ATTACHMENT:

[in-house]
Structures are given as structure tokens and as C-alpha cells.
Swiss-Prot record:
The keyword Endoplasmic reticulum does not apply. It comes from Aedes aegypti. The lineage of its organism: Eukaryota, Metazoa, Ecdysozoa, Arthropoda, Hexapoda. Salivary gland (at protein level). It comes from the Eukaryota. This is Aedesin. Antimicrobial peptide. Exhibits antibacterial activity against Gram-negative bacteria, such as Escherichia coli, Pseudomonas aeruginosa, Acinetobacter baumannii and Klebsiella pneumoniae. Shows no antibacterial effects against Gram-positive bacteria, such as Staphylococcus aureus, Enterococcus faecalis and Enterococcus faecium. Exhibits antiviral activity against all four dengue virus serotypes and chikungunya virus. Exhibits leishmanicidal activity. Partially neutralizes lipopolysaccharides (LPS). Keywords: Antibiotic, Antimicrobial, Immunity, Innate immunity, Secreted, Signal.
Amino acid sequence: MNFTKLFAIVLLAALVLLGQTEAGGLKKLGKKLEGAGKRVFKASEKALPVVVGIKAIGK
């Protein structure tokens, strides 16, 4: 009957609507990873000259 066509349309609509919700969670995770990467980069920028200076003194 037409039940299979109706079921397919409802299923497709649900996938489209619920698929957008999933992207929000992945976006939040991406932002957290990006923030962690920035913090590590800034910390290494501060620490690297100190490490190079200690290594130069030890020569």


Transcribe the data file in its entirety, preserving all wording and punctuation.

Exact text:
[in-house]
Structures are given as structure tokens and as C-alpha cells.
Swiss-Prot record:
The keyword Endoplasmic reticulum does not apply. It comes from Aedes aegypti. The lineage of its organism: Eukaryota, Metazoa, Ecdysozoa, Arthropoda, Hexapoda. Salivary gland (at protein level). It comes from the Eukaryota. This is Aedesin. Antimicrobial peptide. Exhibits antibacterial activity against Gram-negative bacteria, such as Escherichia coli, Pseudomonas aeruginosa, Acinetobacter baumannii and Klebsiella pneumoniae. Shows no antibacterial effects against Gram-positive bacteria, such as Staphylococcus aureus, Enterococcus faecalis and Enterococcus faecium. Exhibits antiviral activity against all four dengue virus serotypes and chikungunya virus. Exhibits leishmanicidal activity. Partially neutralizes lipopolysaccharides (LPS). Keywords: Antibiotic, Antimicrobial, Immunity, Innate immunity, Secreted, Signal.
Amino acid sequence: MNFTKLFAIVLLAALVLLGQTEAGGLKKLGKKLEGAGKRVFKASEKALPVVVGIKAIGK
């Protein structure tokens, strides 16, 4: 009957609507990873000259 066509349309609509919700969670995770990467980069920028200076003194 037409039940299979109706079921397919409802299923497709649900996938489209619920698929957008999933992207929000992945976006939040991406932002957290990006923030962690920035913090590590800034910390290494501060620490690297100190490490190079200690290594130069030890020569």